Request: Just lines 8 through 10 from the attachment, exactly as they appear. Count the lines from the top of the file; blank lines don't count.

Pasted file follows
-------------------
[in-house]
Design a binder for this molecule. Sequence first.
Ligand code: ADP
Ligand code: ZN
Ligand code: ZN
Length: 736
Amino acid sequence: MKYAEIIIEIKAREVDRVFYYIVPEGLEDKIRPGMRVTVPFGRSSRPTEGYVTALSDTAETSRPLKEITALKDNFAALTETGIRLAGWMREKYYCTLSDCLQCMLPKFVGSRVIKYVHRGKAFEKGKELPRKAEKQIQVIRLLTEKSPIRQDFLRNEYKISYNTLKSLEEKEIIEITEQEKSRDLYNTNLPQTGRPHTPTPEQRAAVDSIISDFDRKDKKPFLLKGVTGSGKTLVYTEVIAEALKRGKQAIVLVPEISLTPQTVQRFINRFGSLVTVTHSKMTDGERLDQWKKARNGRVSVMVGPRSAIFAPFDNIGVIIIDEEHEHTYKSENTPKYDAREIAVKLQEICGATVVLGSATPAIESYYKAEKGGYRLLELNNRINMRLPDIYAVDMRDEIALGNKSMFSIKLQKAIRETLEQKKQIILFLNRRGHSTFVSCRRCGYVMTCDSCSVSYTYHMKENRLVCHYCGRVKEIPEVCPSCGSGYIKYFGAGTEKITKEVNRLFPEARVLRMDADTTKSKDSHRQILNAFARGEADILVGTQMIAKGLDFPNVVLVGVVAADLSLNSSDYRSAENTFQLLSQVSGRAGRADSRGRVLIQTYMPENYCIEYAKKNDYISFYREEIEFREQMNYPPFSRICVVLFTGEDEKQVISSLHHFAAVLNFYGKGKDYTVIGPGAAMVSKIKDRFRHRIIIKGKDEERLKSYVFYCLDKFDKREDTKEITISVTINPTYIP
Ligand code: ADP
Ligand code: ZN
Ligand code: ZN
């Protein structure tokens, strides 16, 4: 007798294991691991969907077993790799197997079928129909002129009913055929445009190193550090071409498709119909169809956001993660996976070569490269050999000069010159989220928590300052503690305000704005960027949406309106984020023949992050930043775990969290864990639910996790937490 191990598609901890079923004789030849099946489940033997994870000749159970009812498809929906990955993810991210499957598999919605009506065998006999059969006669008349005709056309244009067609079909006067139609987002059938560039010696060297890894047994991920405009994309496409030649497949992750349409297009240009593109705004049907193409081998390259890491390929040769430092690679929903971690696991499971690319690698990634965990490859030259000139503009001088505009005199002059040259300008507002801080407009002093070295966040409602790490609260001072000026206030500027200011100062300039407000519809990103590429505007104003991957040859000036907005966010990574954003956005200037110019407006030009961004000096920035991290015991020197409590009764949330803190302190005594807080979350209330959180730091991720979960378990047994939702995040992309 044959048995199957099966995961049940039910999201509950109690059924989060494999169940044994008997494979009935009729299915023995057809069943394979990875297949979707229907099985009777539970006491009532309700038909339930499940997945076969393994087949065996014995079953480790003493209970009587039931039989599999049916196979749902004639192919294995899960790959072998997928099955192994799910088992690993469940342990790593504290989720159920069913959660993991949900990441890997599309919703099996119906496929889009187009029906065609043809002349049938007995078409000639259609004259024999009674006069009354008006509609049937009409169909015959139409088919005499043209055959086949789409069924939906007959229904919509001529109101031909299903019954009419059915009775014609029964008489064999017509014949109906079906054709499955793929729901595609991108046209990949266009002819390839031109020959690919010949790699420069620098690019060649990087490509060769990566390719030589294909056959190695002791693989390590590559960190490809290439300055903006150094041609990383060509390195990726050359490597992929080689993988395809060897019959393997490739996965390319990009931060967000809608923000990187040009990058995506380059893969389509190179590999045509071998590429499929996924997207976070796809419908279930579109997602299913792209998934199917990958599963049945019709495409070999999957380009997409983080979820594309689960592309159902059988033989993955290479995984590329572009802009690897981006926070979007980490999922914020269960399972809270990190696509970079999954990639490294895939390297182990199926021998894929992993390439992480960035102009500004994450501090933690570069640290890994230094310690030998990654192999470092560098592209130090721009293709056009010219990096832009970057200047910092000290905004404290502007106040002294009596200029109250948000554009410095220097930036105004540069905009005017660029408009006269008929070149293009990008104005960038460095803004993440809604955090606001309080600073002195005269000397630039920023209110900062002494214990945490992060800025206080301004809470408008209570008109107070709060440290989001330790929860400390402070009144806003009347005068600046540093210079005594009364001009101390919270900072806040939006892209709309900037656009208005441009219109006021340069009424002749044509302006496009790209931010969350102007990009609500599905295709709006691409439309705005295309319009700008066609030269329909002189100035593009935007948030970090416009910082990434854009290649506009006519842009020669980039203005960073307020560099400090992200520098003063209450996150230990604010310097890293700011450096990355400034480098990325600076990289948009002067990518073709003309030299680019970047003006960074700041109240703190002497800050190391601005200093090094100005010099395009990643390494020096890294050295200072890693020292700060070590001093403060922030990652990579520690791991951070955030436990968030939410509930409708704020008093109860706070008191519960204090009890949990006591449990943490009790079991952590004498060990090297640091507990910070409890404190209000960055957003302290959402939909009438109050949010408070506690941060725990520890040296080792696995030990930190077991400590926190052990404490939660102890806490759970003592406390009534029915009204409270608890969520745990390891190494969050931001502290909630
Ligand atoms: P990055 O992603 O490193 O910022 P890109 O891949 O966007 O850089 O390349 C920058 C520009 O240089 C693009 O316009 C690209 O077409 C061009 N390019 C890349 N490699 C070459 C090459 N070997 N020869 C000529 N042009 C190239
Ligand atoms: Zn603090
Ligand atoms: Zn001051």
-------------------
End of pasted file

Ligand code: ADP
Ligand code: ZN
Ligand code: ZN